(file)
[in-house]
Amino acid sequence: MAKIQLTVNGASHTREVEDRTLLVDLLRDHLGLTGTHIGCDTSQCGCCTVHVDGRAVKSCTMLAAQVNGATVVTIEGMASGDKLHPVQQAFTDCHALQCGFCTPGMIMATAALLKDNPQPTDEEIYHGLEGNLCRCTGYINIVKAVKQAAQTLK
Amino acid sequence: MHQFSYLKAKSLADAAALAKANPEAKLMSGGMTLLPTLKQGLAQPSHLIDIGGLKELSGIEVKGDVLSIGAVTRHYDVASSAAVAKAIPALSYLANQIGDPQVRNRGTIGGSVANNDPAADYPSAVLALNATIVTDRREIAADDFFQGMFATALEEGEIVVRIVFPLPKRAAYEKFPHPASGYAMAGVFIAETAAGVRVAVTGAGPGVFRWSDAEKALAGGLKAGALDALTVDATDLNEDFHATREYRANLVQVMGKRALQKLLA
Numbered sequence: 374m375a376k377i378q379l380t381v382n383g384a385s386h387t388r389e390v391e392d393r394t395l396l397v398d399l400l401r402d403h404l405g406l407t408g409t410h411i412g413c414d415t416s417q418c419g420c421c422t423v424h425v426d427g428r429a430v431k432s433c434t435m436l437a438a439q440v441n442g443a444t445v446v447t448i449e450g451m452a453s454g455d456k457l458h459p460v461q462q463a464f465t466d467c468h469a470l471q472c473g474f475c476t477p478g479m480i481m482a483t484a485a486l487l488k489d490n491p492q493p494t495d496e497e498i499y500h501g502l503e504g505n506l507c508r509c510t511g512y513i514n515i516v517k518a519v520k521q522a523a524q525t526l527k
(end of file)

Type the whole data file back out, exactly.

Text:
[in-house]
Amino acid sequence: MAKIQLTVNGASHTREVEDRTLLVDLLRDHLGLTGTHIGCDTSQCGCCTVHVDGRAVKSCTMLAAQVNGATVVTIEGMASGDKLHPVQQAFTDCHALQCGFCTPGMIMATAALLKDNPQPTDEEIYHGLEGNLCRCTGYINIVKAVKQAAQTLK
Amino acid sequence: MHQFSYLKAKSLADAAALAKANPEAKLMSGGMTLLPTLKQGLAQPSHLIDIGGLKELSGIEVKGDVLSIGAVTRHYDVASSAAVAKAIPALSYLANQIGDPQVRNRGTIGGSVANNDPAADYPSAVLALNATIVTDRREIAADDFFQGMFATALEEGEIVVRIVFPLPKRAAYEKFPHPASGYAMAGVFIAETAAGVRVAVTGAGPGVFRWSDAEKALAGGLKAGALDALTVDATDLNEDFHATREYRANLVQVMGKRALQKLLA
Numbered sequence: 374m375a376k377i378q379l380t381v382n383g384a385s386h387t388r389e390v391e392d393r394t395l396l397v398d399l400l401r402d403h404l405g406l407t408g409t410h411i412g413c414d415t416s417q418c419g420c421c422t423v424h425v426d427g428r429a430v431k432s433c434t435m436l437a438a439q440v441n442g443a444t445v446v447t448i449e450g451m452a453s454g455d456k457l458h459p460v461q462q463a464f465t466d467c468h469a470l471q472c473g474f475c476t477p478g479m480i481m482a483t484a485a486l487l488k489d490n491p492q493p494t495d496e497e498i499y500h501g502l503e504g505n506l507c508r509c510t511g512y513i514n515i516v517k518a519v520k521q522a523a524q525t526l527k